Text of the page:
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EPA Cites Hanson’s Window and Construction for Failures to Warn Residents About Potential Exposures in 2005; $784,380 Penalty Proposed

Release Date: 06/17/2010
Contact Information: Kären Thompson, 312- 353-8547, thompson.karen@epa.gov

FOR IMMEDIATE RELEASE
No. 10-OPA067

CHICAGO (June 17, 2010)) — Based in part on information that two children living in renovated Michigan homes had tested positive for elevated blood lead levels, U.S. Environmental Protection Agency Region 5 has filed a complaint and proposed a $784,380 penalty against Hanson’s Window and Construction Inc. of Madison Heights, Mich., for violations of the 1998 federal rule for failure to warn residents of potential lead-based paint exposures.

In this case, EPA alleges that during 2005, Hanson, a window installation firm, failed to provide home owners and tenants of 271 residential properties in Lansing, East Lansing, Haslett, Charlotte, Onondaga, Williamston, Holt, Stockbridge, Mason, Leslie and Warren with required information warning residents that their construction activities could expose residents to lead. The alleged violations of the 1998 Pre-renovation Lead Information Rule occurred in work performed around May 2005.

The “warning” rule being enforced here is the 1998 federal Pre-renovation Lead Information Rule, which requires that renovators provide homeowners, tenants and owners or lessors of child-occupied facilities with the “Renovate Right” pamphlet and obtain written confirmation that they have received it. The purpose of the rule is to protect families during renovations in housing built before 1978.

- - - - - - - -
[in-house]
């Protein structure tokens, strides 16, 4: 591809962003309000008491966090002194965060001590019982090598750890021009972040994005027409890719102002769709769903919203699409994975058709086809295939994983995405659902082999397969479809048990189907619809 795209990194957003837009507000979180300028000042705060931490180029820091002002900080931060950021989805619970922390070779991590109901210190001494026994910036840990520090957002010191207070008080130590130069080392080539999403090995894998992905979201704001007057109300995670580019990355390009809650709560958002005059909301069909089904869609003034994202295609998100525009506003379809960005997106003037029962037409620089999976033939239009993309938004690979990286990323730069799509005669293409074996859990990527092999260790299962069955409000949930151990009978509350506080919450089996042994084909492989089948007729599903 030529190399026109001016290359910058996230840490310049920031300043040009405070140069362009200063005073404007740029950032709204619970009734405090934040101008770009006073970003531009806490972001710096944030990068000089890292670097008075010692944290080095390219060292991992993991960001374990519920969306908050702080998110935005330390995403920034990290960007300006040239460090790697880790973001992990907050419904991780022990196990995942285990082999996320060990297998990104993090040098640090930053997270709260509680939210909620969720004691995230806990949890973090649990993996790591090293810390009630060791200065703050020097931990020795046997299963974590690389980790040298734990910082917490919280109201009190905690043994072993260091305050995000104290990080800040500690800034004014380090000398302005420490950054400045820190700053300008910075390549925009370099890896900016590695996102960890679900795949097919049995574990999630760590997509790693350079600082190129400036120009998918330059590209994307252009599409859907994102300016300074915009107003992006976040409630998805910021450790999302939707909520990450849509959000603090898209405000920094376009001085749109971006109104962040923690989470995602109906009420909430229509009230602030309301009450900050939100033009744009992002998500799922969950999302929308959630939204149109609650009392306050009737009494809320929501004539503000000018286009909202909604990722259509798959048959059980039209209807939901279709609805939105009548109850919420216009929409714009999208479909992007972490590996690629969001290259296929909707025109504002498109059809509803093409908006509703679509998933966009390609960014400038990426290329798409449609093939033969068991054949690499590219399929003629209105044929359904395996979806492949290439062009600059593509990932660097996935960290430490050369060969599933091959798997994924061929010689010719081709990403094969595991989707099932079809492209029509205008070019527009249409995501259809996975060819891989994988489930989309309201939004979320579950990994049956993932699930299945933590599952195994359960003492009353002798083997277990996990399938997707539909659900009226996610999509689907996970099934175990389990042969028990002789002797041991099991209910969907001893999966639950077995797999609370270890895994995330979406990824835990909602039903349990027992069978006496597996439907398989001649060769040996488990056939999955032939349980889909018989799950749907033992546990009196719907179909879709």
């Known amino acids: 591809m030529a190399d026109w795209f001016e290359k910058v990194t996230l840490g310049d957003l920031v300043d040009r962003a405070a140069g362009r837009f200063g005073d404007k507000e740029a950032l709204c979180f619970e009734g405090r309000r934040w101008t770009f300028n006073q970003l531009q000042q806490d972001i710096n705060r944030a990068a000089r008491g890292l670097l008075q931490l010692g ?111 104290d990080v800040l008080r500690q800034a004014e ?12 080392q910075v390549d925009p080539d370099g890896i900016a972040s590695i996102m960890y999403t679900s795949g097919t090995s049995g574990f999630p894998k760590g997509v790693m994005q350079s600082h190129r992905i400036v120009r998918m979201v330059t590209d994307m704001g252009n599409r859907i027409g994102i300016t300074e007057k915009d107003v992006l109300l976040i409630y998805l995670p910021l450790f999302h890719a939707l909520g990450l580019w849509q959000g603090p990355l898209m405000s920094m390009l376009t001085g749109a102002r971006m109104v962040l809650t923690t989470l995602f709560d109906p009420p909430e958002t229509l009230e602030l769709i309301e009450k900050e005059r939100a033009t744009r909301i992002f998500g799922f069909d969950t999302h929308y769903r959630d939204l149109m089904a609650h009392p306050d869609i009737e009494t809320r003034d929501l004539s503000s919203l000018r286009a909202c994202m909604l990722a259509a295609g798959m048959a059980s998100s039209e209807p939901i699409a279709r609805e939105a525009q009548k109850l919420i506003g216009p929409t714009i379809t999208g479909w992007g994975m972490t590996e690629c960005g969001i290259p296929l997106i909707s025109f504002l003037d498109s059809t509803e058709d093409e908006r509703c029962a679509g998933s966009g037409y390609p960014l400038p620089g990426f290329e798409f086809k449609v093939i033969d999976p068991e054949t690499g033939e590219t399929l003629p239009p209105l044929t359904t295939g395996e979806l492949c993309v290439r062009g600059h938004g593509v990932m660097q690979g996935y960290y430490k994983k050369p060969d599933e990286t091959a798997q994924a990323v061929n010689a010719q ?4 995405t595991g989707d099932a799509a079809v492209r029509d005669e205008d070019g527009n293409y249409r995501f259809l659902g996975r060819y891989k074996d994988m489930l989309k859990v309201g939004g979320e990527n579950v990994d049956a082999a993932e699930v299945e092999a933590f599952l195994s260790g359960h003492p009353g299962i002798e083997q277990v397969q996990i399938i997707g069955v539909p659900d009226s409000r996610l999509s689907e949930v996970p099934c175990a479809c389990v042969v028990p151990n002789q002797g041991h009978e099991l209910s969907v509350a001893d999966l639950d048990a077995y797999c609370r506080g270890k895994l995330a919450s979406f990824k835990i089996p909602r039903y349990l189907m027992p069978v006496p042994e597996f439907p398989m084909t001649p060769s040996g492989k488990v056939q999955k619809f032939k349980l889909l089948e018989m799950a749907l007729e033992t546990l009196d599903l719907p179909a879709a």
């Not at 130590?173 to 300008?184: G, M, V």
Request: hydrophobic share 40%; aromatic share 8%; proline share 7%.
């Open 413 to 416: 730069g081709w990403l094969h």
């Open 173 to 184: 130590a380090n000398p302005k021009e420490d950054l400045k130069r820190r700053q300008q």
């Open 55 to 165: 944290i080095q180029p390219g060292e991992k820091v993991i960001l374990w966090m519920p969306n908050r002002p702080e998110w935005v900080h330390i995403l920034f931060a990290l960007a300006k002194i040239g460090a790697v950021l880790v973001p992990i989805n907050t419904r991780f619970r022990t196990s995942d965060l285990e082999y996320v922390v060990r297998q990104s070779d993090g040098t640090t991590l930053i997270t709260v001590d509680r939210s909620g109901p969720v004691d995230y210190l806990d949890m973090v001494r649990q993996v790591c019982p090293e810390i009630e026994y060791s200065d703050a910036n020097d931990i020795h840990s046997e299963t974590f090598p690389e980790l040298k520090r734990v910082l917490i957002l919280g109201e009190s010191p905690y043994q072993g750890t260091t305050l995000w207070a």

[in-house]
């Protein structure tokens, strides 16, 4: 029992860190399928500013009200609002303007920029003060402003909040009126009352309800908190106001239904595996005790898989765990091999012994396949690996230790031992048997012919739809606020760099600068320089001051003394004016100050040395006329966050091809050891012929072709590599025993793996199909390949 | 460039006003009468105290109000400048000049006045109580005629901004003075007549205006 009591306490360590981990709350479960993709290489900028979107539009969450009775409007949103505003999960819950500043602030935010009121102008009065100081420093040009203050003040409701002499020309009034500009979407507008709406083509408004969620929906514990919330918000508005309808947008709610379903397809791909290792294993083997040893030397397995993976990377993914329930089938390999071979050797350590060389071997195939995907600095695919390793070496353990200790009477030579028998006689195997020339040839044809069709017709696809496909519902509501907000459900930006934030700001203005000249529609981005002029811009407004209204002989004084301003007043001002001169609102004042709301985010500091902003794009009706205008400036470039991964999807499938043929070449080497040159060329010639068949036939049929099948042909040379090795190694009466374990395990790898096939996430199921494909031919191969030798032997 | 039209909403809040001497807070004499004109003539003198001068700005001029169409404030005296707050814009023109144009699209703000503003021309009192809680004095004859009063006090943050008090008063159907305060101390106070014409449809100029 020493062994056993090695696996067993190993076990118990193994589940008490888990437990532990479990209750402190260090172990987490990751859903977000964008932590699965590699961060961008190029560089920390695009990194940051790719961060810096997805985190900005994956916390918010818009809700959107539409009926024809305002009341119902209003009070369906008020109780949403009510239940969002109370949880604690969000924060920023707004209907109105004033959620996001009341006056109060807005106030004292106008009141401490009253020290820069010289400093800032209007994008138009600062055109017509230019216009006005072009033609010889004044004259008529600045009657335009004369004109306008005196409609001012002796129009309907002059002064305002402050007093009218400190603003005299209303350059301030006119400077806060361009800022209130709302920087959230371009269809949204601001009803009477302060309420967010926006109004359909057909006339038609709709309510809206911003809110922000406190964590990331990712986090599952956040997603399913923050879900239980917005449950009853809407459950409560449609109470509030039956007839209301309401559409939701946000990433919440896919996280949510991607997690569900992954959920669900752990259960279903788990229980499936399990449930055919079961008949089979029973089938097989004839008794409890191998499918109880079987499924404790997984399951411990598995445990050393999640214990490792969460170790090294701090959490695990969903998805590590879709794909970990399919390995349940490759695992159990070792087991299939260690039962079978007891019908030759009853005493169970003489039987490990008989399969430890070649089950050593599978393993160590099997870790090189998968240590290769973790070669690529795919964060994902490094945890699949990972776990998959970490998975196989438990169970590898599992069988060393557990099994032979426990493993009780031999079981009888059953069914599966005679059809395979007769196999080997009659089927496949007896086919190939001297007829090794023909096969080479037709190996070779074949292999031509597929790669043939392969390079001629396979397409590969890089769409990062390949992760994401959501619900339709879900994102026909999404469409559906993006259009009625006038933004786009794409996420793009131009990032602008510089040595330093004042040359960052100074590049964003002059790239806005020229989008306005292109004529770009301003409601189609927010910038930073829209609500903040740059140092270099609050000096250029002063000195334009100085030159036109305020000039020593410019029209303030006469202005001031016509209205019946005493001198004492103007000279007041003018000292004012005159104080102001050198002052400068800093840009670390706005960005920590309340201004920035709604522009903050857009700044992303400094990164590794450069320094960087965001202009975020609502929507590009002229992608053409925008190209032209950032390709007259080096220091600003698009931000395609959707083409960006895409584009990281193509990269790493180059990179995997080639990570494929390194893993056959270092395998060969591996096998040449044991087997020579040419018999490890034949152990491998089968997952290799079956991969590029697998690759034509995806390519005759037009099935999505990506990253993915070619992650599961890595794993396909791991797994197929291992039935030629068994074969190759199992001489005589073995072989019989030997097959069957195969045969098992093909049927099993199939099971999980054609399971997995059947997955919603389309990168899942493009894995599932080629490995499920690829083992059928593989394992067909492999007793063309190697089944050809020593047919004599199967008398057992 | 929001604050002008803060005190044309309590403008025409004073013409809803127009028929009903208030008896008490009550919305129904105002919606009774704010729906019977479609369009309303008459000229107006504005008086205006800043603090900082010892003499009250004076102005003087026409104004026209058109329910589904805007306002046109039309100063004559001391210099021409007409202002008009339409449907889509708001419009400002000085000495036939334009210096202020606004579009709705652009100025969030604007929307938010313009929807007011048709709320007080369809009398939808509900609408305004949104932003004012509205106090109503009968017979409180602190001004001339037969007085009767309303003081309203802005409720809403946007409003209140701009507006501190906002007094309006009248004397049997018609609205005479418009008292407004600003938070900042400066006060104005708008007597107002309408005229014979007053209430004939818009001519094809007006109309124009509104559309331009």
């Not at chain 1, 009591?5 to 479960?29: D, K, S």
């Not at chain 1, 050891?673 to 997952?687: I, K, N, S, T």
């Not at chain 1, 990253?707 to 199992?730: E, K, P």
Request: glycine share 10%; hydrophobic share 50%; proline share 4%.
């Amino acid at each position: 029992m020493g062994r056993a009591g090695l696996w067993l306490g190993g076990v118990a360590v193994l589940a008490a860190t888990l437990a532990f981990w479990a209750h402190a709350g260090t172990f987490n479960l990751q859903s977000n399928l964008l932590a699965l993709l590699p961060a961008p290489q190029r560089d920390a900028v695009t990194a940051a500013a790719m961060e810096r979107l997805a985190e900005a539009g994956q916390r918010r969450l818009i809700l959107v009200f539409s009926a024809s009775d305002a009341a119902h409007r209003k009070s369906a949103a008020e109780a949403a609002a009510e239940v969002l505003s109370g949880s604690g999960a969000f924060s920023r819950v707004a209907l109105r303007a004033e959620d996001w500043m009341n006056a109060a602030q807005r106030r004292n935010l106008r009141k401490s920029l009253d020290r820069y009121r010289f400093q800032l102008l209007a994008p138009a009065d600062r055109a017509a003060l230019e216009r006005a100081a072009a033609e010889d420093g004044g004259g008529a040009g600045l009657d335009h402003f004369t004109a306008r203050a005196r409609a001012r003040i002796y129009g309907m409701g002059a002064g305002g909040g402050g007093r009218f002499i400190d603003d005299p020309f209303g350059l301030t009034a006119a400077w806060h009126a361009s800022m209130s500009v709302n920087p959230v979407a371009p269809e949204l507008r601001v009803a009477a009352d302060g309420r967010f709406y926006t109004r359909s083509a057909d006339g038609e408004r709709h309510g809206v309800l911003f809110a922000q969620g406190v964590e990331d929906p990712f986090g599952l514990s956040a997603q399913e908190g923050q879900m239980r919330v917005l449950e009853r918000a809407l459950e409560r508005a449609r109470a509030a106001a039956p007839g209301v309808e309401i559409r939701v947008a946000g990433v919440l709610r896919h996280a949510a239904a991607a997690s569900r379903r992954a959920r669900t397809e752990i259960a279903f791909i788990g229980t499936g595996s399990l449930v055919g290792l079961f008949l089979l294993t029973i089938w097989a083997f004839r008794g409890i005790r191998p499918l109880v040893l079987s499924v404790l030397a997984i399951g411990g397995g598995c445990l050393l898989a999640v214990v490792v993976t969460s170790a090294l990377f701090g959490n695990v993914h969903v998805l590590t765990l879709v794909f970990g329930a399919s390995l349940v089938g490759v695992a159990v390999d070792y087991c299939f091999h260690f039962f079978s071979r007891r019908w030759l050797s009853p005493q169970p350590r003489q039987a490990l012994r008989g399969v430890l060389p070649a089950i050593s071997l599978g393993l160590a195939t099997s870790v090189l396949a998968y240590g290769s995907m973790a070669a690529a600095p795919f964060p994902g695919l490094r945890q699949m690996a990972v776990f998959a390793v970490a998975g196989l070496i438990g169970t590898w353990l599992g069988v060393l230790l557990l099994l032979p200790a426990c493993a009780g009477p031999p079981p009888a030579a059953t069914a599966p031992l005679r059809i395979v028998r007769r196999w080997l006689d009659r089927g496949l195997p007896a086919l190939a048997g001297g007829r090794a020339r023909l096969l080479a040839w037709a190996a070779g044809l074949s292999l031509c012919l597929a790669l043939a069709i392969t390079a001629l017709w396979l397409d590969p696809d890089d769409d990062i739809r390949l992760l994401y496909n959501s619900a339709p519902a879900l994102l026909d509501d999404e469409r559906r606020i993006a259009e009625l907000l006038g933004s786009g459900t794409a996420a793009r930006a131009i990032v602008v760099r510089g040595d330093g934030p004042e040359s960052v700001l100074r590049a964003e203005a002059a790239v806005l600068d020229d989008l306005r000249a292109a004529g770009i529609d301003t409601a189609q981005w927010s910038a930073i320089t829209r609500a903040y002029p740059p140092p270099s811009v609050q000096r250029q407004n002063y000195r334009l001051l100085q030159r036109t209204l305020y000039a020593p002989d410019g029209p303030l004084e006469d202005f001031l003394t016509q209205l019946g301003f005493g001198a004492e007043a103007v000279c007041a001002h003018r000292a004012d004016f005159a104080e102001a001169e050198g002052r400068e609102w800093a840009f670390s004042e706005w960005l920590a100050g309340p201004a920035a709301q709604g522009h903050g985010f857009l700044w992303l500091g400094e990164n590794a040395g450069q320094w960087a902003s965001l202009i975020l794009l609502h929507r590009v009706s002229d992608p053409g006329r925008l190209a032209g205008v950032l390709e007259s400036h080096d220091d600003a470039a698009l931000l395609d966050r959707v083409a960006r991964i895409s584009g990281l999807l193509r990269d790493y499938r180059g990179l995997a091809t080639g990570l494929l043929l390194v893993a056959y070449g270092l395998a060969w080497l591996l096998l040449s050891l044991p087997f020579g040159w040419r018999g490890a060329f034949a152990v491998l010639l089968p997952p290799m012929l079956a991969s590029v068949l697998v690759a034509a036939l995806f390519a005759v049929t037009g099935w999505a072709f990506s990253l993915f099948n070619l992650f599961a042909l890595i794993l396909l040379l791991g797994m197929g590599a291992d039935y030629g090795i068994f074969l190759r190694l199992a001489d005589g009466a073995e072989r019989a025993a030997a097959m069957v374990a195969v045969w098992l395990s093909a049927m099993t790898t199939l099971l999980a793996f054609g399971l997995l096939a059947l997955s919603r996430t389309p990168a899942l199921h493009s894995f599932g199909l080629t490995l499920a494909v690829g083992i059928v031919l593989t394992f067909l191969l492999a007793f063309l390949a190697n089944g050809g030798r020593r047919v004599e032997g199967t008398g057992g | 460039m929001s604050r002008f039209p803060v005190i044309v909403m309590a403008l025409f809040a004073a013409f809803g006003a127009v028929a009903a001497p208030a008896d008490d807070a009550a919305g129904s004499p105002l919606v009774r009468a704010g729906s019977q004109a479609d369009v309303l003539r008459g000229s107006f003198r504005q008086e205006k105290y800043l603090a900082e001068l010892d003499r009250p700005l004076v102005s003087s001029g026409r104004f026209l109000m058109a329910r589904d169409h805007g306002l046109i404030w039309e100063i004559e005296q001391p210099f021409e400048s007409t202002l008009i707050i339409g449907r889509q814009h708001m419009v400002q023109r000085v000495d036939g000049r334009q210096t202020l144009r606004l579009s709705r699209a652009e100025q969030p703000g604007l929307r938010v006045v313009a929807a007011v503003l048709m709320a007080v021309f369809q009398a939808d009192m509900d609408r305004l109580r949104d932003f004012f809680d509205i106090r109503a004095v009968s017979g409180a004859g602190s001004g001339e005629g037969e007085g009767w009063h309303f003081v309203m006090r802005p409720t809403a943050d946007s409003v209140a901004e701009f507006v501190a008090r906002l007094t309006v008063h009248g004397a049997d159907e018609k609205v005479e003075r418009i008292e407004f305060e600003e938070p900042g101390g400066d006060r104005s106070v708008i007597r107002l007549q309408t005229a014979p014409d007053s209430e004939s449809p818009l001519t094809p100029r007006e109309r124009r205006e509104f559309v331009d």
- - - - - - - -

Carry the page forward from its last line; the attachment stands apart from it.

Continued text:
This complaint has no connection to the recent Renovation, Repair and Painting Rule that went into effect April 22, 2010. The 2010 rule concerns new and additional requirements for renovation and repair worker training and certification.

Lead exposure can cause reduced IQ, learning disabilities, developmental delays, reduced height, poor hearing and other health problems in young children.

Lead-based paint dust created during renovations is the most common source of lead exposure to children in the United States. About 75 percent of the nation’s housing built before 1978 contains lead-based paint. When properly managed, lead-based paint poses little risk. If paint is not maintained, however, even low levels of lead exposure can threaten occupants’ health, especially children and pregnant women.

For more information about protecting your family from lead-based paint and to download “Renovate Right: Important Lead Hazard Information for Families, Child Care Providers and Schools”, go to http://www.epa.gov/lead/

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